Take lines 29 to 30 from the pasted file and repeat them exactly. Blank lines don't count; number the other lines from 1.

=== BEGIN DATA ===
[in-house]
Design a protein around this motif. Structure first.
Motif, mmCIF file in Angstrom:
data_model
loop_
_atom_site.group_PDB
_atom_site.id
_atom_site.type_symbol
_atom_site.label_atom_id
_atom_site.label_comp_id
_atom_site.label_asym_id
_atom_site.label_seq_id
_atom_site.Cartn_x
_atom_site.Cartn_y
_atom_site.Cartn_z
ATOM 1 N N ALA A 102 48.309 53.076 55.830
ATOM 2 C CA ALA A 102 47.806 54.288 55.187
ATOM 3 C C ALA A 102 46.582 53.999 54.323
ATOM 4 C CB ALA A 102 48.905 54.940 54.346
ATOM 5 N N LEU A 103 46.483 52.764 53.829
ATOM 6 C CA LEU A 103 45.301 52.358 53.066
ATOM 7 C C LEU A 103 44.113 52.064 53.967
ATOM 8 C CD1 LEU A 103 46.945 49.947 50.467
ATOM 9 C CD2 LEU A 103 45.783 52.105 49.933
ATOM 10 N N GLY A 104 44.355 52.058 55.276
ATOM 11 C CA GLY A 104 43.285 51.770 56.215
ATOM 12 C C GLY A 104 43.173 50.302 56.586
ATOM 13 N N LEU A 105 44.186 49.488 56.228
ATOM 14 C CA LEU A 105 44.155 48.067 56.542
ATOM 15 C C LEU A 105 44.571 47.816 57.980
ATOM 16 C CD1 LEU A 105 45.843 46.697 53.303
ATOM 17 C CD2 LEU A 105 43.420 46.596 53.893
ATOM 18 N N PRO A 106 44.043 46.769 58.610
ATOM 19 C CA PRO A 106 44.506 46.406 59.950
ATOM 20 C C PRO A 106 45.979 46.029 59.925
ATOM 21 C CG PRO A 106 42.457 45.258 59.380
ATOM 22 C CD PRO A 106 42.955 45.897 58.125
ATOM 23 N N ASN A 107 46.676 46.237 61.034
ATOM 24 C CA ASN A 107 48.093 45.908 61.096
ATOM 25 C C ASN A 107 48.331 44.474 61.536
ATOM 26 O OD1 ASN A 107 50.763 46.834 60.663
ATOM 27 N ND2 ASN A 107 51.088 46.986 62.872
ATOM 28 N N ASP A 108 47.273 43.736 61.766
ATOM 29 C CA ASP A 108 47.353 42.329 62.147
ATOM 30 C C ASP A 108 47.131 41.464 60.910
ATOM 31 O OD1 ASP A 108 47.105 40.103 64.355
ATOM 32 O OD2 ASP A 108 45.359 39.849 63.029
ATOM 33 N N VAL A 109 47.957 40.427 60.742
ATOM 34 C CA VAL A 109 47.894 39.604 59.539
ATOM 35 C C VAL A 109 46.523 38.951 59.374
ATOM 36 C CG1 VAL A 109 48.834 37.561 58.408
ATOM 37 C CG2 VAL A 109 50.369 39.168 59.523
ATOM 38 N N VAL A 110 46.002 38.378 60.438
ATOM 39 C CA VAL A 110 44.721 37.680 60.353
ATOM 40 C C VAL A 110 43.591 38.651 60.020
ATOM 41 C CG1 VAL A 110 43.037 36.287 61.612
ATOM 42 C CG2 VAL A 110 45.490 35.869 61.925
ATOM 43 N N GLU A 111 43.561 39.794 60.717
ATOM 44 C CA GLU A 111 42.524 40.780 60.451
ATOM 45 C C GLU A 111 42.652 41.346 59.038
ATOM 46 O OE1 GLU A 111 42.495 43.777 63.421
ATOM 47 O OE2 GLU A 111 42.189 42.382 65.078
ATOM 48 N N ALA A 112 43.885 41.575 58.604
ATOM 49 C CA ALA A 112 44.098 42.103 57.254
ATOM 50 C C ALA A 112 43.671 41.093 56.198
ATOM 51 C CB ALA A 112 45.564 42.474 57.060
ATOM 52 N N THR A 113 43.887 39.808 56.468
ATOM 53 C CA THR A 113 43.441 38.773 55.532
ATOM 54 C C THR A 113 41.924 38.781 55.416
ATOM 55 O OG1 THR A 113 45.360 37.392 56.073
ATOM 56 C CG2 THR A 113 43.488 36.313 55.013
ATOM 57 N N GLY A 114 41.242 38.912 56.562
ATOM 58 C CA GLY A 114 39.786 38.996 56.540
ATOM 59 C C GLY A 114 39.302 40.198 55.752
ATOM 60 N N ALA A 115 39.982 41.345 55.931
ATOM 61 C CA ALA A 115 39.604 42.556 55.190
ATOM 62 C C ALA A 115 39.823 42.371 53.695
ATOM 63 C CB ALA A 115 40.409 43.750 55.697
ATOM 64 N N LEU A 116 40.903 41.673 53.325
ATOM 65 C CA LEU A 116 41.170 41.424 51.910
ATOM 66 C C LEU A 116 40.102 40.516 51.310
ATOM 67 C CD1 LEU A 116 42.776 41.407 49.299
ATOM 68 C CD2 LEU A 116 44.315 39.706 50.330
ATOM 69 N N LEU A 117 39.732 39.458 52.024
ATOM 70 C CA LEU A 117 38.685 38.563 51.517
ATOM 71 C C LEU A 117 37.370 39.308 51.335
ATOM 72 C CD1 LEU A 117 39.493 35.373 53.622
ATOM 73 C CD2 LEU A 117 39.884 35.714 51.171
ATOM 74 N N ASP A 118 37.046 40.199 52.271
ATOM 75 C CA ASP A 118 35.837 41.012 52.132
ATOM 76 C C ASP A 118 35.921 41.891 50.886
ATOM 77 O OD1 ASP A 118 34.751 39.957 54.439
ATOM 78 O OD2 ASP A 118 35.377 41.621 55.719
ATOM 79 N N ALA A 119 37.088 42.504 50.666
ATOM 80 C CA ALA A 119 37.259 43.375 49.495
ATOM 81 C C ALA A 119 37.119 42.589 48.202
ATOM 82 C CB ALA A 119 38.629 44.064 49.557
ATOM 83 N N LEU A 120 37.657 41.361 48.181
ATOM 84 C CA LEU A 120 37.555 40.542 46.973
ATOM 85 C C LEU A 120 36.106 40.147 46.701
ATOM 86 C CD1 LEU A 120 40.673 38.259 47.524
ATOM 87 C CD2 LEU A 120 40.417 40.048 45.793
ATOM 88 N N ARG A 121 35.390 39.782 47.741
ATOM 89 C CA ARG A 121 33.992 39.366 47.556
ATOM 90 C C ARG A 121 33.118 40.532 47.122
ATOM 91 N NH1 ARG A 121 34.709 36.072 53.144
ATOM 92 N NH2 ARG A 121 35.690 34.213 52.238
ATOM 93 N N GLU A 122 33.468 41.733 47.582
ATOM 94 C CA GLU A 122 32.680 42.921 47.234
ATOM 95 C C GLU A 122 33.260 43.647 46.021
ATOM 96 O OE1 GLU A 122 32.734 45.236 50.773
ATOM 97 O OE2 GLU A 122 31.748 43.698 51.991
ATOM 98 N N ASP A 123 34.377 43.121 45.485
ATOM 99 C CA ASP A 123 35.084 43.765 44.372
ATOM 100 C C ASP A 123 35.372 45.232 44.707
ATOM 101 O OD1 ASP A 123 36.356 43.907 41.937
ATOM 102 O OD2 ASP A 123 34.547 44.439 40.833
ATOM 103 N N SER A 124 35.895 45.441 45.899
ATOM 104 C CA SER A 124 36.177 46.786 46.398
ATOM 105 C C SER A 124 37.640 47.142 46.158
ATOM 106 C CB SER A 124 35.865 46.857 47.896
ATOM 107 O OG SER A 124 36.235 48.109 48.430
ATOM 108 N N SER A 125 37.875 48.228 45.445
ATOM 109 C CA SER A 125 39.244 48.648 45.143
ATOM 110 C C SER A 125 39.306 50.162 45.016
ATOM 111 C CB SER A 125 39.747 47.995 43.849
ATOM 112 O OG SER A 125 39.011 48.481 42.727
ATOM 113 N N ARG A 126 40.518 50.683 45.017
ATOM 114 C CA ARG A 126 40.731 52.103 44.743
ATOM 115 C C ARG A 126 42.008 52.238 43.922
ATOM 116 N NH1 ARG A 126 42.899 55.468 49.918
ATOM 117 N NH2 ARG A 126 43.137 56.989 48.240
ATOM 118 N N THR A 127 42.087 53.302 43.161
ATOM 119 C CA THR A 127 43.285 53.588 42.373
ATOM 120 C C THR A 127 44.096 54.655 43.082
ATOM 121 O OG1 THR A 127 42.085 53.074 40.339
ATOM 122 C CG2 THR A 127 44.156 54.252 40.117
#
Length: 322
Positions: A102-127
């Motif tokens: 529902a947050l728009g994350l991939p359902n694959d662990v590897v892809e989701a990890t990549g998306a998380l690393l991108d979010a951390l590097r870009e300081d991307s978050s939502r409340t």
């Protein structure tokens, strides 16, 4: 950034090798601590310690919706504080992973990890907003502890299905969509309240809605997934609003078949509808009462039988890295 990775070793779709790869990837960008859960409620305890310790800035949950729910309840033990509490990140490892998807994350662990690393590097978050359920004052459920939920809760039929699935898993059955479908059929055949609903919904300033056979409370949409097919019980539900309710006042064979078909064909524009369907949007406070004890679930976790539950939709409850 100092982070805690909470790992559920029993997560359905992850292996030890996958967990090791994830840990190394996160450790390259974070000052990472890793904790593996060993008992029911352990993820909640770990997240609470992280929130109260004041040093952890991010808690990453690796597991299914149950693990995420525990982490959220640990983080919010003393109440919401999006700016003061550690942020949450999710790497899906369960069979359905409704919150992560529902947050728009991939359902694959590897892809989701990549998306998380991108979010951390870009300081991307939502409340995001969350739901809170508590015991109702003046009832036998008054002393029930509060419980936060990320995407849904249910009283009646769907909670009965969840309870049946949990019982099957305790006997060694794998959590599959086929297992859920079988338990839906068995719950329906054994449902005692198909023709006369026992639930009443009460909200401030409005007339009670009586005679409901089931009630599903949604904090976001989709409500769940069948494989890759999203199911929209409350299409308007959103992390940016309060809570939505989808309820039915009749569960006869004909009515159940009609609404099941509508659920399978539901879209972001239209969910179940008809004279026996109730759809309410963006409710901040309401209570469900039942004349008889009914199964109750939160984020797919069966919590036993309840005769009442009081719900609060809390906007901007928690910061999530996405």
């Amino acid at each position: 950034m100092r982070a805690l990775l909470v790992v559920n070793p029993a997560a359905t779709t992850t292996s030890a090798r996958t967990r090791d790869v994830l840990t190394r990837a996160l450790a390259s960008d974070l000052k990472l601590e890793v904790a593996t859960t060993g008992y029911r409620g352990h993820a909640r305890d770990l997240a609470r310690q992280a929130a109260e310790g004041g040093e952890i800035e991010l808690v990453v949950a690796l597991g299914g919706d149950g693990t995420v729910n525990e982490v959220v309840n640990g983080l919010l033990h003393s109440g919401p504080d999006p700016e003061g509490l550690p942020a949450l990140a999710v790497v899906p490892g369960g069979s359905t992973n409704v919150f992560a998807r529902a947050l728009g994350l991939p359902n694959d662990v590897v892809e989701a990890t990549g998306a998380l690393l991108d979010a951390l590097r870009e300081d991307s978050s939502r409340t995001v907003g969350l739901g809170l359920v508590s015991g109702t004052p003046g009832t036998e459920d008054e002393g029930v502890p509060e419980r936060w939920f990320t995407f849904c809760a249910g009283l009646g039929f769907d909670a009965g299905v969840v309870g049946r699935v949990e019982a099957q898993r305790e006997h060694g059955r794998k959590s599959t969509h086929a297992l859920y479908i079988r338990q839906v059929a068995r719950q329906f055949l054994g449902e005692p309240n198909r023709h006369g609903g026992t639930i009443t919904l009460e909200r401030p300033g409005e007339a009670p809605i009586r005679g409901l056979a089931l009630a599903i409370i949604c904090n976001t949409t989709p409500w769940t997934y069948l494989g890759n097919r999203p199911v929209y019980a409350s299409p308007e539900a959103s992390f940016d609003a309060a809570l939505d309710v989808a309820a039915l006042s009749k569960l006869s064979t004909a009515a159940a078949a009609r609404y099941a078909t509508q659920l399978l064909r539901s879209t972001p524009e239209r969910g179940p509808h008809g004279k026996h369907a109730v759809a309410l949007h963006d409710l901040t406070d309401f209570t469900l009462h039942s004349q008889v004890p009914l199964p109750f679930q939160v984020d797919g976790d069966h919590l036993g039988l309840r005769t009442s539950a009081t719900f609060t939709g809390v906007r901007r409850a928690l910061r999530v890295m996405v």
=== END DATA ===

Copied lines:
ATOM 14 C CA LEU A 105 44.155 48.067 56.542
ATOM 15 C C LEU A 105 44.571 47.816 57.980